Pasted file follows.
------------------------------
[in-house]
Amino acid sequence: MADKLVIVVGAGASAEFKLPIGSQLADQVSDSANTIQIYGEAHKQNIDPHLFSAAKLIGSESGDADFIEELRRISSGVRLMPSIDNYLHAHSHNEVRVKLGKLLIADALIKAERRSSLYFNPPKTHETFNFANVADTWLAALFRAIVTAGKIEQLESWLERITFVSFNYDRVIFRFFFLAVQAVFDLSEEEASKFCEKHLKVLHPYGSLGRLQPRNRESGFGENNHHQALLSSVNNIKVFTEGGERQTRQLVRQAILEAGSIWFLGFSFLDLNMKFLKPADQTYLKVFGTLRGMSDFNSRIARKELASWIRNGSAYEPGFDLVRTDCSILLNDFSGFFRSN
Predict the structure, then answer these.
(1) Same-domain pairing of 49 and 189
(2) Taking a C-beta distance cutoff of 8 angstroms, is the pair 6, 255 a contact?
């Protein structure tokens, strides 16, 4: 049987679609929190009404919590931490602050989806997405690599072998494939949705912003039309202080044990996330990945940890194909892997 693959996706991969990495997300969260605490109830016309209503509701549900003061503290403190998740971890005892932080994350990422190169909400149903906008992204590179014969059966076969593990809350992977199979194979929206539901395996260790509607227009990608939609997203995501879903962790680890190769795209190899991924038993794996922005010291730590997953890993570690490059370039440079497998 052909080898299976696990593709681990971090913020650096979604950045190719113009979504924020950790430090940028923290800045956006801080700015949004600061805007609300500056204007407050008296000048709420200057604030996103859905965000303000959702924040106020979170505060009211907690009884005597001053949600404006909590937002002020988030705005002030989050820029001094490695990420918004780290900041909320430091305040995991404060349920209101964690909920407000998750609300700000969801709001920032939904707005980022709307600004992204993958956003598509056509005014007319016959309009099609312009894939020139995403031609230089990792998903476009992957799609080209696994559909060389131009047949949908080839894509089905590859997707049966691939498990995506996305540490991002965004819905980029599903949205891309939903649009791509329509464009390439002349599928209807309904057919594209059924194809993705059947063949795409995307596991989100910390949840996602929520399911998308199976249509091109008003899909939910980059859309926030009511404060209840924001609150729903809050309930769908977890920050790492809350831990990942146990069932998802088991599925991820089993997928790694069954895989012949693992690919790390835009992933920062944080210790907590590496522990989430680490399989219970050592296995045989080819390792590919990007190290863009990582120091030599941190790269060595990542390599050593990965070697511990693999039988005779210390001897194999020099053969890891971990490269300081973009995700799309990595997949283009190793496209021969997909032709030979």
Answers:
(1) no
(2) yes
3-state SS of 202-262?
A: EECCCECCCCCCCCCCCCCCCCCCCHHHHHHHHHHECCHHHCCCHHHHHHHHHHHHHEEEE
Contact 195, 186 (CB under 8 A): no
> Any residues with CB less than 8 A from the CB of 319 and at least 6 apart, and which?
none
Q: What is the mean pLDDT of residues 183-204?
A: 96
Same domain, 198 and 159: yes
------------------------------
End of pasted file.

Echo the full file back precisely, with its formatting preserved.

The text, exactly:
[in-house]
Amino acid sequence: MADKLVIVVGAGASAEFKLPIGSQLADQVSDSANTIQIYGEAHKQNIDPHLFSAAKLIGSESGDADFIEELRRISSGVRLMPSIDNYLHAHSHNEVRVKLGKLLIADALIKAERRSSLYFNPPKTHETFNFANVADTWLAALFRAIVTAGKIEQLESWLERITFVSFNYDRVIFRFFFLAVQAVFDLSEEEASKFCEKHLKVLHPYGSLGRLQPRNRESGFGENNHHQALLSSVNNIKVFTEGGERQTRQLVRQAILEAGSIWFLGFSFLDLNMKFLKPADQTYLKVFGTLRGMSDFNSRIARKELASWIRNGSAYEPGFDLVRTDCSILLNDFSGFFRSN
Predict the structure, then answer these.
(1) Same-domain pairing of 49 and 189
(2) Taking a C-beta distance cutoff of 8 angstroms, is the pair 6, 255 a contact?
């Protein structure tokens, strides 16, 4: 049987679609929190009404919590931490602050989806997405690599072998494939949705912003039309202080044990996330990945940890194909892997 693959996706991969990495997300969260605490109830016309209503509701549900003061503290403190998740971890005892932080994350990422190169909400149903906008992204590179014969059966076969593990809350992977199979194979929206539901395996260790509607227009990608939609997203995501879903962790680890190769795209190899991924038993794996922005010291730590997953890993570690490059370039440079497998 052909080898299976696990593709681990971090913020650096979604950045190719113009979504924020950790430090940028923290800045956006801080700015949004600061805007609300500056204007407050008296000048709420200057604030996103859905965000303000959702924040106020979170505060009211907690009884005597001053949600404006909590937002002020988030705005002030989050820029001094490695990420918004780290900041909320430091305040995991404060349920209101964690909920407000998750609300700000969801709001920032939904707005980022709307600004992204993958956003598509056509005014007319016959309009099609312009894939020139995403031609230089990792998903476009992957799609080209696994559909060389131009047949949908080839894509089905590859997707049966691939498990995506996305540490991002965004819905980029599903949205891309939903649009791509329509464009390439002349599928209807309904057919594209059924194809993705059947063949795409995307596991989100910390949840996602929520399911998308199976249509091109008003899909939910980059859309926030009511404060209840924001609150729903809050309930769908977890920050790492809350831990990942146990069932998802088991599925991820089993997928790694069954895989012949693992690919790390835009992933920062944080210790907590590496522990989430680490399989219970050592296995045989080819390792590919990007190290863009990582120091030599941190790269060595990542390599050593990965070697511990693999039988005779210390001897194999020099053969890891971990490269300081973009995700799309990595997949283009190793496209021969997909032709030979």
Answers:
(1) no
(2) yes
3-state SS of 202-262?
A: EECCCECCCCCCCCCCCCCCCCCCCHHHHHHHHHHECCHHHCCCHHHHHHHHHHHHHEEEE
Contact 195, 186 (CB under 8 A): no
> Any residues with CB less than 8 A from the CB of 319 and at least 6 apart, and which?
none
Q: What is the mean pLDDT of residues 183-204?
A: 96
Same domain, 198 and 159: yes